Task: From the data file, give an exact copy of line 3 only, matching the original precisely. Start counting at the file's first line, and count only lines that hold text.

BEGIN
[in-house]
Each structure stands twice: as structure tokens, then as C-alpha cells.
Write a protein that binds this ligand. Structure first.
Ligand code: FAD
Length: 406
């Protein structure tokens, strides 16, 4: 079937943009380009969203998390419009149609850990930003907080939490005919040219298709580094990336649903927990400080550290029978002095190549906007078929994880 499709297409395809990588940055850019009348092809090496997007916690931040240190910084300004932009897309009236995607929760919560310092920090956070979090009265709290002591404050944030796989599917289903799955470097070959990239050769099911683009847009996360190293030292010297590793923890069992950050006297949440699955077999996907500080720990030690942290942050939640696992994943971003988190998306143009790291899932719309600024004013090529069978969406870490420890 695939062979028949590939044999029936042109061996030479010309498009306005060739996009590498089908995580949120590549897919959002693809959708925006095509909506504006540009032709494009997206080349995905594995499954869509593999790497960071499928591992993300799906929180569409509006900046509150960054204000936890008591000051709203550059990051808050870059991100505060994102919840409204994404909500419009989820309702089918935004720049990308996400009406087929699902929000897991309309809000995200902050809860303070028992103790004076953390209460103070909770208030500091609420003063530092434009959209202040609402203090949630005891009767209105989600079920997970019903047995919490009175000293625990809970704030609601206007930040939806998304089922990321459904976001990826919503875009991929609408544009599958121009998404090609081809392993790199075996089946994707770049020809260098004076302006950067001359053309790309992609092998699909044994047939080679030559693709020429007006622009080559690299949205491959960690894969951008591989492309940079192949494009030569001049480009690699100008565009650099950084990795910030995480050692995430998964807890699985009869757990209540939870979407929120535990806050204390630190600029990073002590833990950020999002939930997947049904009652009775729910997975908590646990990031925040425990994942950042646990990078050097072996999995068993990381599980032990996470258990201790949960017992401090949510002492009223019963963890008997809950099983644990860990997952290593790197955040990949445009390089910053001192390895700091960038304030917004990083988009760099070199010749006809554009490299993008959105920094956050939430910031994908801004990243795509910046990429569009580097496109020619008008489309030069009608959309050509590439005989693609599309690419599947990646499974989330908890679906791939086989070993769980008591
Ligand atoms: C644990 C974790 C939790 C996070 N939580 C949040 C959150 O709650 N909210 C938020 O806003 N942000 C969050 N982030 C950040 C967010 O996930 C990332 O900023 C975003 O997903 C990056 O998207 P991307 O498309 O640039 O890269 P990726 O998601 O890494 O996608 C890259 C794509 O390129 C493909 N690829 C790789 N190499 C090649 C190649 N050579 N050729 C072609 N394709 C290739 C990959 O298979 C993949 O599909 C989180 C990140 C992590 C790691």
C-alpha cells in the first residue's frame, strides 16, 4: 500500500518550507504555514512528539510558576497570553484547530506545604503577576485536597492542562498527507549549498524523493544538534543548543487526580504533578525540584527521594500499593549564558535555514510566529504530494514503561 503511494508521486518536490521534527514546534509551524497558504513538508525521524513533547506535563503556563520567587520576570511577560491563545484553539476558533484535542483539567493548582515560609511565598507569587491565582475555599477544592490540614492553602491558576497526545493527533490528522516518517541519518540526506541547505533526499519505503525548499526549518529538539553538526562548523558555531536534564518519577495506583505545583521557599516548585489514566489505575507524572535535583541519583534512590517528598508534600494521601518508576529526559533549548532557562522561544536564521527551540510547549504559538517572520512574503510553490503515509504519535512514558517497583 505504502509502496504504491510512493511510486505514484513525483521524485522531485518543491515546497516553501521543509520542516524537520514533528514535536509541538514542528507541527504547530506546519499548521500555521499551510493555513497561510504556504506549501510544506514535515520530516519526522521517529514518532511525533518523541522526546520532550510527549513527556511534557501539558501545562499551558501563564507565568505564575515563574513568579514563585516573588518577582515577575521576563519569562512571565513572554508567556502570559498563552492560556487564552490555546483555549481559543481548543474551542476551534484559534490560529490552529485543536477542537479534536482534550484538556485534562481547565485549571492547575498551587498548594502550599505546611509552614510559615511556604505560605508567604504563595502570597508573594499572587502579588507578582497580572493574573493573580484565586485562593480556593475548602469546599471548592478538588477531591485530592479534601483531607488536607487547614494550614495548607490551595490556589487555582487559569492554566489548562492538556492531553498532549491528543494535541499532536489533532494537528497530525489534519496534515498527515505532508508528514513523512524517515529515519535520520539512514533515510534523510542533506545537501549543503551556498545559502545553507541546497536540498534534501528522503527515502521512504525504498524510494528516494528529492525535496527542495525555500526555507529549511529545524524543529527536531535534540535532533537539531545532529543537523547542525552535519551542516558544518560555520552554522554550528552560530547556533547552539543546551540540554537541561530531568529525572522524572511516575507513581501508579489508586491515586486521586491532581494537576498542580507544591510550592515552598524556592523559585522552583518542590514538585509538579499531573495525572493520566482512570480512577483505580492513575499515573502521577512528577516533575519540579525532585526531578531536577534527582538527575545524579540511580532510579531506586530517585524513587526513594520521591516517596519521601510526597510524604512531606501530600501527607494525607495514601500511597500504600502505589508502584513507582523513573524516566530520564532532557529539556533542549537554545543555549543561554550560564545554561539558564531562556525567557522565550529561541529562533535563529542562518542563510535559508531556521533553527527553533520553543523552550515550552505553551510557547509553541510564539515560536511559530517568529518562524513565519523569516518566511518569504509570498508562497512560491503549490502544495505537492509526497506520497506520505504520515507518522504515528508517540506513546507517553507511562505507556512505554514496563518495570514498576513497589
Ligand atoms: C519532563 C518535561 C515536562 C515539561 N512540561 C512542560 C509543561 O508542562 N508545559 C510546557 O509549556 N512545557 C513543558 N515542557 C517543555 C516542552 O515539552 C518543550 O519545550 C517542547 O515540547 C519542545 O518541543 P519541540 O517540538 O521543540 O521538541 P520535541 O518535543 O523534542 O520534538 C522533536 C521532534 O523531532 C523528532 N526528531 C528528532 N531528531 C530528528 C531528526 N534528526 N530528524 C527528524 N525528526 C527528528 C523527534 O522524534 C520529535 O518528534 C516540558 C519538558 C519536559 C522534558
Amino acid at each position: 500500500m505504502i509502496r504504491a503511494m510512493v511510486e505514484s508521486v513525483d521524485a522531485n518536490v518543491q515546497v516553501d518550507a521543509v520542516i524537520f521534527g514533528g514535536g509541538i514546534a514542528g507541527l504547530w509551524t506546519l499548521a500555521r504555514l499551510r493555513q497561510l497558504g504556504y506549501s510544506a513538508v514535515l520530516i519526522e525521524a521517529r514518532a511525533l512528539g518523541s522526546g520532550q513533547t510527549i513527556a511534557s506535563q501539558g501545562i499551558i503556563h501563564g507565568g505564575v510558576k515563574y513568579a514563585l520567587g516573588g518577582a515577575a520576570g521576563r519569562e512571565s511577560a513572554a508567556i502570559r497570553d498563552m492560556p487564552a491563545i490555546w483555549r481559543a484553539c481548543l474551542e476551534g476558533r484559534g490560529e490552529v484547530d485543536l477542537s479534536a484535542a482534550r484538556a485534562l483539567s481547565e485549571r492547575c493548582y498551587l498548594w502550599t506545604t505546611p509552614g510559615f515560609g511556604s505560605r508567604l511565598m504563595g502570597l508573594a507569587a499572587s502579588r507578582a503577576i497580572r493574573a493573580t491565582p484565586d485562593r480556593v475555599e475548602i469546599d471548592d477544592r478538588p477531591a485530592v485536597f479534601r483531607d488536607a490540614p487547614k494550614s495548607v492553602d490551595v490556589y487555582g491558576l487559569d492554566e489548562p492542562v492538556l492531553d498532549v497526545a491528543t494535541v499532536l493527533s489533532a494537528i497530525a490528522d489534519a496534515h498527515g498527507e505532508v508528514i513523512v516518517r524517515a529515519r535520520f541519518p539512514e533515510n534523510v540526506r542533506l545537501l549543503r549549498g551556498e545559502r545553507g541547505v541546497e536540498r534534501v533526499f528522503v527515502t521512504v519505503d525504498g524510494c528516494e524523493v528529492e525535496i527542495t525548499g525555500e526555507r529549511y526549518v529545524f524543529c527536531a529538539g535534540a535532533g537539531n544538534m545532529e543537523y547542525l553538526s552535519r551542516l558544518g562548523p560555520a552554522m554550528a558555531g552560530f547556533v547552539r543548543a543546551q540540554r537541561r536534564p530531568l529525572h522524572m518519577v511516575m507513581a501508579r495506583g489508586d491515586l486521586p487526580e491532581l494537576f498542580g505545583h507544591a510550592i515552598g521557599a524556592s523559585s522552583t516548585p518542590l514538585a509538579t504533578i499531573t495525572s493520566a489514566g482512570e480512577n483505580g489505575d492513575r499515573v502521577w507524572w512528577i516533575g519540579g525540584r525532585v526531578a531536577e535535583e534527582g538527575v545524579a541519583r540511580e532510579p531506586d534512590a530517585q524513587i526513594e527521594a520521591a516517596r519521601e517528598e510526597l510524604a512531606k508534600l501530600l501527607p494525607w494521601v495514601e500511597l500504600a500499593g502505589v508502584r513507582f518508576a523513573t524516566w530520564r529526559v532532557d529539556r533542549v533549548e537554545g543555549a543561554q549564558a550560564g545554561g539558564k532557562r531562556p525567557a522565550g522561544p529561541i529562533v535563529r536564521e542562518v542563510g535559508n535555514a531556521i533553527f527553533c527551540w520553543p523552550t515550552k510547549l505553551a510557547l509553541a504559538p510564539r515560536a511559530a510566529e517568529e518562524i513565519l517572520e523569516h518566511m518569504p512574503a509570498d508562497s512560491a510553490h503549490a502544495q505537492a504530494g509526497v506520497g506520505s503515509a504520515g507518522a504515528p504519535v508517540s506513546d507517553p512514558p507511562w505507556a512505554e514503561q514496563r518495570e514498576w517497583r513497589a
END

Write a protein that binds this ligand. Structure first.